To encode two 64 bit integers into a unique single number, there are `2^64 * (2^64 -1)`

combinations of inputs possible, so by the obvious Pigeonhole Principle, we need an output of size at least `2^64 * (2^64 -1)`

, which is equal to `2^128 - 2^64`

, or in other words, you need a capacity of 128 bits to hold all the possible outputs.

I know it can't exist for all values. But that depends on the values, not on the data types. E.g. f(4,5) can still be done, even when 4 and 5 are stored as 64bit integers. It's easy to check, depending on the function used, for overflows (in that case I wouldn't use the mapping).

You know that. That said, as you say you could have a cap on maximum values for your 64 bit inputs. The output then can be 64 bit signed or unsigned integer.

*Output being signed, an implementation in C#:*

```
public static long GetHashCode(long a, long b)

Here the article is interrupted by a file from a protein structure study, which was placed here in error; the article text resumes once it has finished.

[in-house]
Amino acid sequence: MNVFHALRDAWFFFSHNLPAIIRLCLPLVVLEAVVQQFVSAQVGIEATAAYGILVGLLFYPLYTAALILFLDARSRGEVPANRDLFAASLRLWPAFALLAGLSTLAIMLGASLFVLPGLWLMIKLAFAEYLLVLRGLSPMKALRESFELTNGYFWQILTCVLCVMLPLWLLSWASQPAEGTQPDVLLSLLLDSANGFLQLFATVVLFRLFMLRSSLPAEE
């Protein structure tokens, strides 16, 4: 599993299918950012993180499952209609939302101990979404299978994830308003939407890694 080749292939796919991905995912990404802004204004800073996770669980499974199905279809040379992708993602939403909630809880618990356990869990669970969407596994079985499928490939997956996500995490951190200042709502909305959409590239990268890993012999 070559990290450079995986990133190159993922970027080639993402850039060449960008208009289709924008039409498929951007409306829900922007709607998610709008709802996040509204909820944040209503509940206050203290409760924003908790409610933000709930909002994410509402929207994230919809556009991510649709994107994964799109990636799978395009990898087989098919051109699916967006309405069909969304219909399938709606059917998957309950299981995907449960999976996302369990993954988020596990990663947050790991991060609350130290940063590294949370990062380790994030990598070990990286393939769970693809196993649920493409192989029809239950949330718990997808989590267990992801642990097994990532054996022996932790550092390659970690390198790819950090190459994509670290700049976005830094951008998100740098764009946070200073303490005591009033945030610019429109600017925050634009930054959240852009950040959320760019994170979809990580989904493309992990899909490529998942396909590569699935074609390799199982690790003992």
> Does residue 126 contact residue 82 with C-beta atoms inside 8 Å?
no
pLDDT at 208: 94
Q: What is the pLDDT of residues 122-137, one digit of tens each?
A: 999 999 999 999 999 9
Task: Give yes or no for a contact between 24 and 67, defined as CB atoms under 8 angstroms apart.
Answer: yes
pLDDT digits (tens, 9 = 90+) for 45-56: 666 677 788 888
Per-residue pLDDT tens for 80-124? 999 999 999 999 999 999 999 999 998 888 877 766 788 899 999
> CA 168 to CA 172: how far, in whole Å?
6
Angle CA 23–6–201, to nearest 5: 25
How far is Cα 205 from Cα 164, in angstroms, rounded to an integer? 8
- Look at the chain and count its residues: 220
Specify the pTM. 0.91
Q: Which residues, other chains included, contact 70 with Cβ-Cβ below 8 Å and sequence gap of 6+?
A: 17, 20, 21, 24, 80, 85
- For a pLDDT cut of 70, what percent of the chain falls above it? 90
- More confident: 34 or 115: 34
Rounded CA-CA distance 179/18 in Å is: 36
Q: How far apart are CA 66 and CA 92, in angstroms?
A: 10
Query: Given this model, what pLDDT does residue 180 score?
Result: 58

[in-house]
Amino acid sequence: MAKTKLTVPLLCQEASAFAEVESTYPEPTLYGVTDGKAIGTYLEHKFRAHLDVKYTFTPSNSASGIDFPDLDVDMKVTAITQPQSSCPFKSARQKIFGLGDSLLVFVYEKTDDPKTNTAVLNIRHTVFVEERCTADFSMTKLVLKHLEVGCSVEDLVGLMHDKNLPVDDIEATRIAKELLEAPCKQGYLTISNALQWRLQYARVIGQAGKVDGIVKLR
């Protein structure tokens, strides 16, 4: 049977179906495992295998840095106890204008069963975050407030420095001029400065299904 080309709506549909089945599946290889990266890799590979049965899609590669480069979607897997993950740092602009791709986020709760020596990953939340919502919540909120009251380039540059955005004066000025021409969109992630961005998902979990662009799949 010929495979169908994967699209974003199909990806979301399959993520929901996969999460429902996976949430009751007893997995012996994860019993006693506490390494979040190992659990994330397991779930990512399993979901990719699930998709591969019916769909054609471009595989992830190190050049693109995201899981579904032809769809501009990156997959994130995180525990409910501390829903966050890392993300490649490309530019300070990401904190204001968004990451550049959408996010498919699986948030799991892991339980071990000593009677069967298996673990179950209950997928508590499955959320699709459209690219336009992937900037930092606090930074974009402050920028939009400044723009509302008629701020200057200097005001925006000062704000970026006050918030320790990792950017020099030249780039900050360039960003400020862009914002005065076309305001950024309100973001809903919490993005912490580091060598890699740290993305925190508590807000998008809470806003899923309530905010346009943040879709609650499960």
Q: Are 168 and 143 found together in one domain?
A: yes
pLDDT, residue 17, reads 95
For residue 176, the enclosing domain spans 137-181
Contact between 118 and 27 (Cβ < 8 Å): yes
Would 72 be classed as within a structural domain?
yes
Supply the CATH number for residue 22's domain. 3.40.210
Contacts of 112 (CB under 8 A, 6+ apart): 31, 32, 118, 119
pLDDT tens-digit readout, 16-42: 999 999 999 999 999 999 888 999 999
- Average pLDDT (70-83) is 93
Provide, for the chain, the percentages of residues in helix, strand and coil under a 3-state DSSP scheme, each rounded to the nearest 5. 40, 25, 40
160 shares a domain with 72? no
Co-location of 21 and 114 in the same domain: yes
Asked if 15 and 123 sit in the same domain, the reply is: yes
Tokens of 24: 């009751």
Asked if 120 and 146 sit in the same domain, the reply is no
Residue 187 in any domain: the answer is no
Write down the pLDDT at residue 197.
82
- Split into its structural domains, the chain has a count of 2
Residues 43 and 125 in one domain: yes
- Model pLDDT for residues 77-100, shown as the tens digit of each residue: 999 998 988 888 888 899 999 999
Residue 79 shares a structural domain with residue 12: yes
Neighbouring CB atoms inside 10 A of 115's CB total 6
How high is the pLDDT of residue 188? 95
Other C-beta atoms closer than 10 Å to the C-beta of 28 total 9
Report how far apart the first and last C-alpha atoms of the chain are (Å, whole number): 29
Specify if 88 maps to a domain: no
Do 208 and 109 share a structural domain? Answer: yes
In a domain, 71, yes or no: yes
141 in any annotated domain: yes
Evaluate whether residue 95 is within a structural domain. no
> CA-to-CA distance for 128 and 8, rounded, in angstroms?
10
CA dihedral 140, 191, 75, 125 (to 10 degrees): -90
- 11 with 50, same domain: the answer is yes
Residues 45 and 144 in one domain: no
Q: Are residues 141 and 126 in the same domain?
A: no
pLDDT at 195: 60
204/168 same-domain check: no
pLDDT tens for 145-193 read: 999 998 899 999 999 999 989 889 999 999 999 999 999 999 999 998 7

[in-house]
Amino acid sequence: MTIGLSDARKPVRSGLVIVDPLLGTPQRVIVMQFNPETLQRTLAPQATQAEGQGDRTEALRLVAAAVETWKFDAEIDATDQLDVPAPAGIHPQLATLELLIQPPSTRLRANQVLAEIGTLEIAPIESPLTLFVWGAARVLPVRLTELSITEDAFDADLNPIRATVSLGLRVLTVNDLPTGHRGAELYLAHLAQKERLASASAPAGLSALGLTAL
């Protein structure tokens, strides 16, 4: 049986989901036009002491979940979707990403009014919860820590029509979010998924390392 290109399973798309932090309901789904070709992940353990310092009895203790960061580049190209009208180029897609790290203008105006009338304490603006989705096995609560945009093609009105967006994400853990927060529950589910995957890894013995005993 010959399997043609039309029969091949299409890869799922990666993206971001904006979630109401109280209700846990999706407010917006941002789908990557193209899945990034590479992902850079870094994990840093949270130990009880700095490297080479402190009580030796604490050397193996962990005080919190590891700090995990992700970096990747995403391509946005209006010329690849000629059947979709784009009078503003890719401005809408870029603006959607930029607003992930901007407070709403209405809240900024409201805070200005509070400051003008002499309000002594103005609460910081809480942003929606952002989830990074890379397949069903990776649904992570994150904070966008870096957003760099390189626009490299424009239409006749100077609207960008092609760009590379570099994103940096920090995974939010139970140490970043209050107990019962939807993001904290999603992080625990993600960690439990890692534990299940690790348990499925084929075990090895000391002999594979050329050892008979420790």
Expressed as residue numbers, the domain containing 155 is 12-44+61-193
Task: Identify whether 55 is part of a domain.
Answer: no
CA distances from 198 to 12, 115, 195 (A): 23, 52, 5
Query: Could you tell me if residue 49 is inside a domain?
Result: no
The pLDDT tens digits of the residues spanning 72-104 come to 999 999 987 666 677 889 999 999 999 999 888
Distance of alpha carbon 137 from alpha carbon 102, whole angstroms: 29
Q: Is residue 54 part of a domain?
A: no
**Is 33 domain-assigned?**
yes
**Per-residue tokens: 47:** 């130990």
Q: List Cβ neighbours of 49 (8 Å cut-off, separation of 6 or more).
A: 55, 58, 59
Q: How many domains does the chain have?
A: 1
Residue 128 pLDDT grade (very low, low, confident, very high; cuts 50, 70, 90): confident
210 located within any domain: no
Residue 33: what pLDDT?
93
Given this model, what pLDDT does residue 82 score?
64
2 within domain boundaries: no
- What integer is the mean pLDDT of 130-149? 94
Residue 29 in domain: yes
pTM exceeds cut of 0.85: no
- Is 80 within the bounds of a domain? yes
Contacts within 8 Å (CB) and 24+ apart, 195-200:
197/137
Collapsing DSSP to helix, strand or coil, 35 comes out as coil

{
if (a < int.MinValue || a > int.MaxValue || b < int.MinValue || b > int.MaxValue)
throw new ArgumentOutOfRangeException();
var A = (ulong)(a >= 0 ? 2 * a : -2 * a - 1);
var B = (ulong)(b >= 0 ? 2 * b : -2 * b - 1);
var C = (long)((A >= B ? A * A + A + B : A + B * B) / 2);
return a < 0 && b < 0 || a >= 0 && b >= 0 ? C : -C - 1;
}
```

*Output being unsigned, an implementation in C#:*

```
public static ulong GetHashCode(long a, long b)
{
if (a < int.MinValue || a > int.MaxValue || b < int.MinValue || b > int.MaxValue)
throw new ArgumentOutOfRangeException();
var A = (ulong)(a >= 0 ? 2 * a : -2 * a - 1);
var B = (ulong)(b >= 0 ? 2 * b : -2 * b - 1);
return A >= B ? A * A + A + B : A + B * B;
}
```

The unsigned implementation will be slightly faster because of the fewer calculations. The lower and upper bound to uniquely pair is `int.MaxValue`

(-2147483648) and `int.MaxValue`

(2147483647). The original function is taken from here. The Elegant Pairing function mentioned in the link is the most space efficient possible since it maps to every single point in the available space. For more on similar methods, see Mapping two integers to one, in a unique and deterministic way

`(2^(2^128))^64`

different functions that fulfill your requirements? p.s. not making up a big number - this is the number of functions from 128 bits to 64 bits. – amit Mar 4 '12 at 20:52`((x + y)*(x + y) + x - y)/2`

then, as long as it doesn't overflow anyway. – harold Mar 4 '12 at 21:10